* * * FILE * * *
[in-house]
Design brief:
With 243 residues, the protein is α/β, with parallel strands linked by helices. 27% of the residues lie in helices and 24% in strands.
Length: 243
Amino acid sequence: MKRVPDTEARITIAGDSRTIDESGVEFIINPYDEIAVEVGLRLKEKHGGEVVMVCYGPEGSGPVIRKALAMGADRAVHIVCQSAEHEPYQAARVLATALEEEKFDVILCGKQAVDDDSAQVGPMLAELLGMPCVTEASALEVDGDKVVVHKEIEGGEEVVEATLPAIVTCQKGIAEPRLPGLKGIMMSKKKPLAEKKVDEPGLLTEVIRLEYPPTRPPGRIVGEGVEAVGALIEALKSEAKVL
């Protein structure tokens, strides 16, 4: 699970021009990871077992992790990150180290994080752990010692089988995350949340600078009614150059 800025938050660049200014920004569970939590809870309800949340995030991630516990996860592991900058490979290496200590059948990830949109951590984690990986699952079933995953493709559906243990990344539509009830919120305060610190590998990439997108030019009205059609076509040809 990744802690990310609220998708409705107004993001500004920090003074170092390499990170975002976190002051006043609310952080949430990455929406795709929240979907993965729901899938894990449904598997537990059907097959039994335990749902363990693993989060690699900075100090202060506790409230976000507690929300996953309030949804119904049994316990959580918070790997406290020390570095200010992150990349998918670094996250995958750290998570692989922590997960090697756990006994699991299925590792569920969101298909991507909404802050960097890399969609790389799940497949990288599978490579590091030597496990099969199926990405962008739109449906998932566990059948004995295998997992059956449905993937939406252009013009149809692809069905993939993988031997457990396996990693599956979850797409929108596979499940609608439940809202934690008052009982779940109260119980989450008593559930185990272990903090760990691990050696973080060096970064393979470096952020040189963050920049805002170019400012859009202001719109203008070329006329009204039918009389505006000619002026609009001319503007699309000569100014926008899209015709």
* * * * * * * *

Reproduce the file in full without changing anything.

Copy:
[in-house]
Design brief:
With 243 residues, the protein is α/β, with parallel strands linked by helices. 27% of the residues lie in helices and 24% in strands.
Length: 243
Amino acid sequence: MKRVPDTEARITIAGDSRTIDESGVEFIINPYDEIAVEVGLRLKEKHGGEVVMVCYGPEGSGPVIRKALAMGADRAVHIVCQSAEHEPYQAARVLATALEEEKFDVILCGKQAVDDDSAQVGPMLAELLGMPCVTEASALEVDGDKVVVHKEIEGGEEVVEATLPAIVTCQKGIAEPRLPGLKGIMMSKKKPLAEKKVDEPGLLTEVIRLEYPPTRPPGRIVGEGVEAVGALIEALKSEAKVL
């Protein structure tokens, strides 16, 4: 699970021009990871077992992790990150180290994080752990010692089988995350949340600078009614150059 800025938050660049200014920004569970939590809870309800949340995030991630516990996860592991900058490979290496200590059948990830949109951590984690990986699952079933995953493709559906243990990344539509009830919120305060610190590998990439997108030019009205059609076509040809 990744802690990310609220998708409705107004993001500004920090003074170092390499990170975002976190002051006043609310952080949430990455929406795709929240979907993965729901899938894990449904598997537990059907097959039994335990749902363990693993989060690699900075100090202060506790409230976000507690929300996953309030949804119904049994316990959580918070790997406290020390570095200010992150990349998918670094996250995958750290998570692989922590997960090697756990006994699991299925590792569920969101298909991507909404802050960097890399969609790389799940497949990288599978490579590091030597496990099969199926990405962008739109449906998932566990059948004995295998997992059956449905993937939406252009013009149809692809069905993939993988031997457990396996990693599956979850797409929108596979499940609608439940809202934690008052009982779940109260119980989450008593559930185990272990903090760990691990050696973080060096970064393979470096952020040189963050920049805002170019400012859009202001719109203008070329006329009204039918009389505006000619002026609009001319503007699309000569100014926008899209015709």